Today I am VERY happy to be interviewing Gina Wohlsdorf, author of “Security” about her novel – a book I really loved for its unique vibe and slasher movie sense. Details and review follow the interview.
Where did the original inspiration come from for “Security” ? It’s quite an original premise for a novel most specifically in the writing style.
I always wondered why John Carpenter’s Halloween didn’t exist in book form. I immediately thought of setting a slasher novel in a hotel, and I even drew a map. But that was just a premise. I didn’t have an approach, a voice – all things I need before I can start a book. So it sat in my idea folder for several years.
Then, in grad school, my professor assigned Jealousy by Alain Robbe-Grillet, a French realist from the fifties. It features a first-person narrator who never once uses the pronoun ‘I’. It blew my mind. That’s where I got the idea for the Head of Security, and I was off to the races.
I think I can guess that you are a bit of a slasher movie fan. I love them especially the old school Friday 13th movies. What is it about them do you think that make them so entertaining?
You are my hero. Friday the 13th Part 7 is my go-to sick-day movie.
Genre can be so formulaic, and the narrower the niche gets within a genre, the more rules and conventions there are to follow. Slasher movies’ content is all but dictated from the very beginning, and it fascinates me to see where a filmmaker finds ways to innovate.
The Friday franchise is all over the map, from the good (1, 2) to the so-so (3, 6) to the unbelievably wretched (5), but 7’s my favorite, because it actually pauses with each character and lets us know who they are. They all have a defined (albeit flat) identity. For example, there’s the “resident writer,” who obsesses about his short story rejections and is overall sexually unappealing. Hurts my feelings every time.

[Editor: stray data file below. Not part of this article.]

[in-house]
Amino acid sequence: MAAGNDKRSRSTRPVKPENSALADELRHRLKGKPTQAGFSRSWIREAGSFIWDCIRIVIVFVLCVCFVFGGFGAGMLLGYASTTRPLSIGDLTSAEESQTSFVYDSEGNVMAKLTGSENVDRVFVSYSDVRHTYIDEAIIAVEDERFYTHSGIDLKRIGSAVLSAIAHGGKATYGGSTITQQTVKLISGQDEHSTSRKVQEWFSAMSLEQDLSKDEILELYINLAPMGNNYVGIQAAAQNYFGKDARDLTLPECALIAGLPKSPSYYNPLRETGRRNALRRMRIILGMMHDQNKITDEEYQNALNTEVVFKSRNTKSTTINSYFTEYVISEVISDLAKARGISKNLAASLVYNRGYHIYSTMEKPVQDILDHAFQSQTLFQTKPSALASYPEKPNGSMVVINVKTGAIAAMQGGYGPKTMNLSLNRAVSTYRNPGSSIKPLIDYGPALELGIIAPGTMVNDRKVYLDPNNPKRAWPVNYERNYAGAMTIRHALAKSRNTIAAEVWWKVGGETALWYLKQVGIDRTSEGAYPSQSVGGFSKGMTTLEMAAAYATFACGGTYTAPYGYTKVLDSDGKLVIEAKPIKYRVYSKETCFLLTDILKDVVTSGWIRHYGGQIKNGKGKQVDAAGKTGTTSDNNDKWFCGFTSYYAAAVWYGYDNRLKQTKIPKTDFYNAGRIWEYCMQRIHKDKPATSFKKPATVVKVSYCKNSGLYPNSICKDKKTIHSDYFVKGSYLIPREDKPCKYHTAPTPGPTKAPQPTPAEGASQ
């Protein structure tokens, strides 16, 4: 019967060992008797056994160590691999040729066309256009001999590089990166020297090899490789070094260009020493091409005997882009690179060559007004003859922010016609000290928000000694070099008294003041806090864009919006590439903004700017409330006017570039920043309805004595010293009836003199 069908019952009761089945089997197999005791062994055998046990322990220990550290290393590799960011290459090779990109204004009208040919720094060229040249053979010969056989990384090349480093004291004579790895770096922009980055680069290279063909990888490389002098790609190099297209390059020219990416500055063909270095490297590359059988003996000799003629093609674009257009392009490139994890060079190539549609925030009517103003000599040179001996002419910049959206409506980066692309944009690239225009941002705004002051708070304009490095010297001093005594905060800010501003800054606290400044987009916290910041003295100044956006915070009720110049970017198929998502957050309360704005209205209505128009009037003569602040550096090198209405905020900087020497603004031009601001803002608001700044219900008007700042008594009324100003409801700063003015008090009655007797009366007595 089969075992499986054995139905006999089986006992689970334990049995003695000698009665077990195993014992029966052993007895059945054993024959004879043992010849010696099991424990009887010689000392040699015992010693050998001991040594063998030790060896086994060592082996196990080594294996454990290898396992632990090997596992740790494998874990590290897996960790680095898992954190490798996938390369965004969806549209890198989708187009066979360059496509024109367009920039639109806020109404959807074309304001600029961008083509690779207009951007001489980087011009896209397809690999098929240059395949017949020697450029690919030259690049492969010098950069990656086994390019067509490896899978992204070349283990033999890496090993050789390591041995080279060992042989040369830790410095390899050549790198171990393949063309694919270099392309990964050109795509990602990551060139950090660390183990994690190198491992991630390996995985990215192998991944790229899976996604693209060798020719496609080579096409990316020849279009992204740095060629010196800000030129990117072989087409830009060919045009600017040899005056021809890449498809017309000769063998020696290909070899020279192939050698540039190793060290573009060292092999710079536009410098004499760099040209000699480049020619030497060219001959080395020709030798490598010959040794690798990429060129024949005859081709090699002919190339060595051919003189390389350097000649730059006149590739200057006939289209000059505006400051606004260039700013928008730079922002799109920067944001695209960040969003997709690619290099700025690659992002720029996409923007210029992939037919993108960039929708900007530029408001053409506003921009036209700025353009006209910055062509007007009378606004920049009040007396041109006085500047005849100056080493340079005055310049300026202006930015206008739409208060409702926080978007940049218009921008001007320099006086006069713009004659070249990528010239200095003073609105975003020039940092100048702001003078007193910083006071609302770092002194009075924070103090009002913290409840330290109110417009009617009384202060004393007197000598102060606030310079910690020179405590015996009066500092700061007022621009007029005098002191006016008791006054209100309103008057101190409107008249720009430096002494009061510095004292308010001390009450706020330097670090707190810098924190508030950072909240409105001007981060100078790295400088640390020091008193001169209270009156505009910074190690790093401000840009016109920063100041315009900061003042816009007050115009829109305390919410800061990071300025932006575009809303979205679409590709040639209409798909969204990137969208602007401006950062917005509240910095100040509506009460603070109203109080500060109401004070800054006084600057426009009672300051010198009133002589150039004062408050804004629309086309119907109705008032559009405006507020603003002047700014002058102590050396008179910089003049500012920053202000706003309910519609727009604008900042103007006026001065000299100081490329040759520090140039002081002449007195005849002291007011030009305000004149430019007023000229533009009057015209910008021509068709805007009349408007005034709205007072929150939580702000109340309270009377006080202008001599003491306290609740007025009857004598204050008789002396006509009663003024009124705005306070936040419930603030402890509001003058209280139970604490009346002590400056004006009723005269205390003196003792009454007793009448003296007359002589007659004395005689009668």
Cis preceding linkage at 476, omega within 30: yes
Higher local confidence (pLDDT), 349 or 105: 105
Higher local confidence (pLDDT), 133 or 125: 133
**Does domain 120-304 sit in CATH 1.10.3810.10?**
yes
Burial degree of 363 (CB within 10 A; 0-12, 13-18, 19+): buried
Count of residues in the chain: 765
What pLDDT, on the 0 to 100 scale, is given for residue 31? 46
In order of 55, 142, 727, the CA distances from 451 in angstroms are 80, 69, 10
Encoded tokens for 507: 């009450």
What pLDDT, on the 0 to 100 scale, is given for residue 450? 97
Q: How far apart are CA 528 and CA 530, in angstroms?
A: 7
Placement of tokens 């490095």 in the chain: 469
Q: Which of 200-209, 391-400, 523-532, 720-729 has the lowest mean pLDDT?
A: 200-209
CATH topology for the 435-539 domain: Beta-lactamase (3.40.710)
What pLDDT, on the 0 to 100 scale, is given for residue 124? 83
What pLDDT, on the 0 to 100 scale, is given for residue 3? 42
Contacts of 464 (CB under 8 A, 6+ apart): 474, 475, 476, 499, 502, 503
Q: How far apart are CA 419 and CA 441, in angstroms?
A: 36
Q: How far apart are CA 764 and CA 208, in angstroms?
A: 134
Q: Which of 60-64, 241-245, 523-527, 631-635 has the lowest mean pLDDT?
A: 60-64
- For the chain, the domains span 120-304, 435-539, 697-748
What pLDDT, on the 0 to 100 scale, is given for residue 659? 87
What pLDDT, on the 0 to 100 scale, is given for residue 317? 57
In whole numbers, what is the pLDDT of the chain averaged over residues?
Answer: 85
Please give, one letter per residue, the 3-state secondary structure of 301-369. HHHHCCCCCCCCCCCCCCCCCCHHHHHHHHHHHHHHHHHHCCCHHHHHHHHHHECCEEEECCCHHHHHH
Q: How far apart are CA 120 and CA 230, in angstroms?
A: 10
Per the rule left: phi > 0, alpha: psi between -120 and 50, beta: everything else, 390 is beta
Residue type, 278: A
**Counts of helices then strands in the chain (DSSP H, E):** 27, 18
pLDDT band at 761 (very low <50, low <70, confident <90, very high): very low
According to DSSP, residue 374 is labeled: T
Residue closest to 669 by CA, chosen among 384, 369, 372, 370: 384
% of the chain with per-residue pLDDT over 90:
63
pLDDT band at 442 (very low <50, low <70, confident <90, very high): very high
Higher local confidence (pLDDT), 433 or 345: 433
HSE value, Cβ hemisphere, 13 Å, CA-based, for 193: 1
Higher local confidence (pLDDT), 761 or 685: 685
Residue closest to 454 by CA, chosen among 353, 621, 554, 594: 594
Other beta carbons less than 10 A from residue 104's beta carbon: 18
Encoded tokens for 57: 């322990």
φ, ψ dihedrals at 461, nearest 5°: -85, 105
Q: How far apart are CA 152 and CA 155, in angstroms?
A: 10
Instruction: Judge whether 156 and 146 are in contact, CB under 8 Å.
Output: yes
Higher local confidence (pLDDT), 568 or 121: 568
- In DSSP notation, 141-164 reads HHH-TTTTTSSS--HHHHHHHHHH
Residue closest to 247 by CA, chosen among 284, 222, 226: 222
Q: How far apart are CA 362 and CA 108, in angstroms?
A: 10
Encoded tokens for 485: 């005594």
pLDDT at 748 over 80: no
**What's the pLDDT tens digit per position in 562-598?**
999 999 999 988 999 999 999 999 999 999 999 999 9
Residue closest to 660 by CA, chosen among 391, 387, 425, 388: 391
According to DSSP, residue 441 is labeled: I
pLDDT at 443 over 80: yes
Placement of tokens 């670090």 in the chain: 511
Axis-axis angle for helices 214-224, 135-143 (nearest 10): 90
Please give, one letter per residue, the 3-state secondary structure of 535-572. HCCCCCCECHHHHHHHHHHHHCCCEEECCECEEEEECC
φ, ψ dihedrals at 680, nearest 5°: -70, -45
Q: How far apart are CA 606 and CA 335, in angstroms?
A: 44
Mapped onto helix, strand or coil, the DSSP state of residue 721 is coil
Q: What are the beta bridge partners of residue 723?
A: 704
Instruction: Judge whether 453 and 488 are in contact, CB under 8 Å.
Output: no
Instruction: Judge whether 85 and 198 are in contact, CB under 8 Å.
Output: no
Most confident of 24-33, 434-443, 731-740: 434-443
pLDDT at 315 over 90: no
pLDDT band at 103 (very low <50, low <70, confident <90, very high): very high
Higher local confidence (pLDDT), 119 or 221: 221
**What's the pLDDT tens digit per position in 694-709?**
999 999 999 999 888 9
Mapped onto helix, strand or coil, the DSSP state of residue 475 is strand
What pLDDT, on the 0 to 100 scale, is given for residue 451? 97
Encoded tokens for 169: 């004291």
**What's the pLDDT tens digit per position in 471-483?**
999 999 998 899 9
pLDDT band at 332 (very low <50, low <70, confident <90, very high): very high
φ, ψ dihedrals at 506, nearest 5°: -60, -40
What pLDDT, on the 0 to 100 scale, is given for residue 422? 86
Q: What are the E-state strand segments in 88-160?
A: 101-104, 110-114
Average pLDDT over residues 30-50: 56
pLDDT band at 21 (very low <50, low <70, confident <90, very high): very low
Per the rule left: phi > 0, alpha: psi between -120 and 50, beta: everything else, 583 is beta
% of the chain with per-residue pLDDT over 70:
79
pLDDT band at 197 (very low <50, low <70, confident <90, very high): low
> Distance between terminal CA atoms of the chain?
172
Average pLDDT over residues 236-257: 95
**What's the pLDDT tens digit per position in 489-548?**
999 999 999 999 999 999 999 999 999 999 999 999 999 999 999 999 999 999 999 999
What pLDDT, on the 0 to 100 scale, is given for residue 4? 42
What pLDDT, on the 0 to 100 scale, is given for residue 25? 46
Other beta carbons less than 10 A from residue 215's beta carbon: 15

Plus, let’s face it, it’s pretty amazing that the ultimate conflict involves Jason sparring with a young woman who kicks his butt eight ways to Sunday using the power of her mind.
I think horror films are a place where we can confront our mortality in relative safety, and even find moments to laugh. Jason’s just so ridiculous by Part 9. By Part 4, really. There’s something magical about looking at a guy in a hockey mask who’s wielding a machete and saying, “Man, you gotta let it go. You had it rough as a kid, I get it, but you gotta let it go.”
In the novel you use a “split screen” approach for several scenes – what effect did you hope to achieve with this? I thought it worked extraordinarily well and added into the whole “movie in a book” feel..
The credit goes to a teacher here, too. Ann Beattie mentioned off-handedly in workshop that she’d read a novel where the page split. She thought it was interesting how it put the responsibility on the reader – deciding what to read first, where their larger interest lay.
On any other night at Manderley, Brian and Tessa’s reunion would be the most interesting thing happening in the hotel. Though, even then, it would have some competition – Franklin’s duplicity, Jules and Justin’s disintegrating marriage. Death is arresting, but so are our lives. Our everyday dramas, the things we call our best friend about at the end of the day so she can tell us we’re being (fill in the blank), what we should do is (x, y, z), keep that chin up and let’s get a pedicure on Saturday.